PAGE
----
Political Risk Building into the Gold Market? The Holmes SWOT

By Frank Holmes – CEO and Chief Investment Officer, US Global Investors

Strengths

  • The best performing precious metal for the week was palladium, up 5.49 percent.  Citigroup forecast that platinum could see a deficit of 172,000 ounces in 2016, but palladium’s deficit could be short by 847,000 ounces, thus the group is more bullish on the later.
  • Esturo Honda, who according to Bloomberg News has emerged as a matchmaker for Prime Minister Shinzo Abe in finding foreign economic experts to offer policy guidance, is opening his ears to Ben Bernanke.  In April, Bernanke noted that helicopter money, in which “the government issues non-marketable perpetual bonds with no maturity date and the Bank of Japan directly buys them,” could work as the strongest tool to overcome deflation, says Honda.
  • Francisco Blanch, head of commodities research at Bank of America Merrill Lynch, says there is political risk building into the gold market, including the Italian referendum and U.S., French and German elections. Blanch adds that in the past, gold used to be driven more by the U.S. dollar and commodity market movements, but “in this day and age, it’s a new world.” He also mentions that one-third of government bonds are yielding negative. The chart below shows that $9.2 trillion of sovereign bonds are trading with negative yields.

swot4
Weaknesses

  • The worst performing precious metal for the week was silver, down -2.97 percent.  With silver generally more volatile than gold, a strong rally in stocks, up 10 of the last 11 days and with new record highs, had investors chasing returns in the broader market.
  • Gold traders and analysts are bearish for the first time in four weeks, reports Bloomberg. The precious metal headed for its first back-to-back weekly decline since May, with gains in equity markets and the dollar hurting prices. David Meger, director of metals trading at High Ridge Futures in Chicago, says that the dollar’s strength continues to pressure most commodities, gold in particular. “Safe-haven demand has been diminishing, obviously with equity markets moving to new record highs,” Meger said.
  • A group of armed men stormed one of Agnico Eagle’s mines in northern Mexico early Tuesday morning, reports the Canadian mining company, injuring a security guard and making off with a haul of gold and silver. Last April a similar situation occurred when armed men entered McEwen Mining’s El Gallo 1 mine in northern Mexico, reports Reuters, even though thefts within mines are “relatively rare in Mexico.”

Opportunities

  • The World Gold Council and the Accounting and Auditing Organization for Islamic Financial Institutions are drafting new standards for investing in gold to comply with Sharia law, reports an Energy and Capital article. If the proposals for the changes (expected in the fourth quarter) are accepted, a flood of new investors could help send gold prices soaring, the article continues. A similar situation took gold prices to $1,900 in 2011 when surging demand came from China following the government’s urge for its citizens to own the yellow metal.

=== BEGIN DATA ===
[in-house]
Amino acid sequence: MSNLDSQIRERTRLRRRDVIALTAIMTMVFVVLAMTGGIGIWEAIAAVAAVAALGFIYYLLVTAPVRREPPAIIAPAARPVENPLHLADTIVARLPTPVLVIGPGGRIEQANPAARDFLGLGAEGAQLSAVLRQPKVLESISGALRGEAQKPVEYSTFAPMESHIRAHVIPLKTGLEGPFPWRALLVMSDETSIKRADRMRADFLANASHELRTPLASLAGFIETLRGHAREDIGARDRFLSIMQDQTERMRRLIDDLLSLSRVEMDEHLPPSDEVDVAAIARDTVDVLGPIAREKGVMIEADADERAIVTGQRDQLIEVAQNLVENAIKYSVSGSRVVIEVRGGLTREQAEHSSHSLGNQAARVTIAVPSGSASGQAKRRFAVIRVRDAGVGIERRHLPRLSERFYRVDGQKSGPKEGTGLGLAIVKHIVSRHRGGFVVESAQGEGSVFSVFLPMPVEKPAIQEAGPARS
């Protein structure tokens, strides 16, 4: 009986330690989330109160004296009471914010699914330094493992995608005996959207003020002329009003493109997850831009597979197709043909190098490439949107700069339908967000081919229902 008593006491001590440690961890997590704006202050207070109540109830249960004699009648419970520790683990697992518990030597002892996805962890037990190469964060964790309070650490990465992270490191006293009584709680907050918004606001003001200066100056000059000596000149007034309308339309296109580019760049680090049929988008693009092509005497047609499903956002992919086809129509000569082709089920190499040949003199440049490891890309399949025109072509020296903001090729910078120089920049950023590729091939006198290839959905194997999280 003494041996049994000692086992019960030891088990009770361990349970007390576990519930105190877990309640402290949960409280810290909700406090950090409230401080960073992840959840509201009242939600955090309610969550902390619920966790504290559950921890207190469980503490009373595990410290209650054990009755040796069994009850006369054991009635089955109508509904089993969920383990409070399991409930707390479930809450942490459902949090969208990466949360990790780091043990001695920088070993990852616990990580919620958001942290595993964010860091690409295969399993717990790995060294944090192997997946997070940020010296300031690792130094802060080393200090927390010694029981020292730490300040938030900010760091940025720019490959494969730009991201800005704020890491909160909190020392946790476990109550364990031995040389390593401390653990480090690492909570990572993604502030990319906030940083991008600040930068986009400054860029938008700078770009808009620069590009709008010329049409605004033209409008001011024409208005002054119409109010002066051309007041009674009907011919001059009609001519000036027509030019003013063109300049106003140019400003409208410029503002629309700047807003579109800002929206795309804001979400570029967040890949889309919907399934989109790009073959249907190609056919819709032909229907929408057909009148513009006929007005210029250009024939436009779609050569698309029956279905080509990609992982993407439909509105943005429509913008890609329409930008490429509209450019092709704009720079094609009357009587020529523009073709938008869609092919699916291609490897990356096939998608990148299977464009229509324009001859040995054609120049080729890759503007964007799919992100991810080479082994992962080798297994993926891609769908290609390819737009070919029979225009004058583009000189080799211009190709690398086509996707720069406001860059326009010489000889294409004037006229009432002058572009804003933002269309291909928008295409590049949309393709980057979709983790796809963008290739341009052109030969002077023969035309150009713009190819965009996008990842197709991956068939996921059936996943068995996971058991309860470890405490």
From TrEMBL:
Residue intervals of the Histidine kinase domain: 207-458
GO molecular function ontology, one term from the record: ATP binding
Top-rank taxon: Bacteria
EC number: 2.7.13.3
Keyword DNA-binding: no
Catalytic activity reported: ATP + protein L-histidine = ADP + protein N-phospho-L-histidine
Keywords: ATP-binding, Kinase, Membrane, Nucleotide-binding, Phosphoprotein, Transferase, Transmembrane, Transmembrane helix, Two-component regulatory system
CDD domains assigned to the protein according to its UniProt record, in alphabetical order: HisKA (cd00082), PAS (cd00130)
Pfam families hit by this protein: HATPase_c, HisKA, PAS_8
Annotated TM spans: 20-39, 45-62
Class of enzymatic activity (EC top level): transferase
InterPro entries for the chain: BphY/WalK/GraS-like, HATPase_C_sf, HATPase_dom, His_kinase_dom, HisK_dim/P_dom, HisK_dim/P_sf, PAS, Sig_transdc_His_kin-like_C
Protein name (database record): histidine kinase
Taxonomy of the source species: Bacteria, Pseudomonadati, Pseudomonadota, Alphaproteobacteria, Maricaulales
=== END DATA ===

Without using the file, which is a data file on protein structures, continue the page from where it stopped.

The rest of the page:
• With the U.S. presidential election seen as the next big catalyst, Bill Beament of Northern Star Resources believes that gold’s rally is set to endure, reports Bloomberg. He says the overall trend is up and that “the U.S. vote will have more of an impact on bullion than the U.K. referendum.” The IMF also scrapped its forecast for a pickup in global growth, the article continues, yet another positive for gold.
  • Commerzbank raised its year-end gold estimate by $100, reports Bloomberg, to $1,450 an ounce. Similarly, DBS Group Holdings says that gold is in a major bull market and could surge past $1,500 an ounce as “low interest rates buoy demand and the U.S. presidential election looms.” The long-term gold price has been adjusted higher at Numis Securities as well, up to $1,400 an ounce from $1,350 an ounce.  While it’s good to see the street starting to take their price forecast higher for gold, investors should remain disciplined as the late summer can be a seasonally weak period for prices and many of the expected price targets being raised are capitulation moves to higher price levels.

Threats

  • According to data compiled by Bloomberg, investors pulled $793 million out of SPDR Gold Shares last week, the most since November. As Citigroup’s U.S. Economic Surprise Index rose to its highest since January 2015 (a sign of an improving economic outlook), demand for ETFs backed by gold has diminished some. Holdings in gold-backed ETFs around the world fell 3.9 metric tons last week, reports Bloomberg.
  • Sovereign gold bonds issued in India were trading at a 27-percent premium over the fixed price when the bonds were first issued in November, reports LiveMint. Prices of physical gold have risen 23 percent during the same period. According to the article, “Investors get a fixed interest rate of 2.75 percent per annum on these bonds over and above the capital gains that may accrue if the price of gold rises in the spot market.” The gold bonds are part of the government’s gold monetization efforts aimed to “wean the public off physical gold.”
  •  Will gold miners maintain their capital discipline? Bloomberg reports that as the price of gold rises to its best first half of the year in nearly four decades, earnings reports could indicate that miners are preparing to ease in terms of spending. “Historically there’s been a very high correlation, almost a one-to-one correlation, between costs and the gold price, implying that with higher gold prices you will likely see costs rise at the same time,” Josh Wolfson of Dundee Capital Markets said. Wolfson added that a majority of miners structured spending based on the assumption that gold will trade between $1,100 and $1,150 an ounce.  Let’s hope the miners learned something over the prior three painful years of falling gold prices.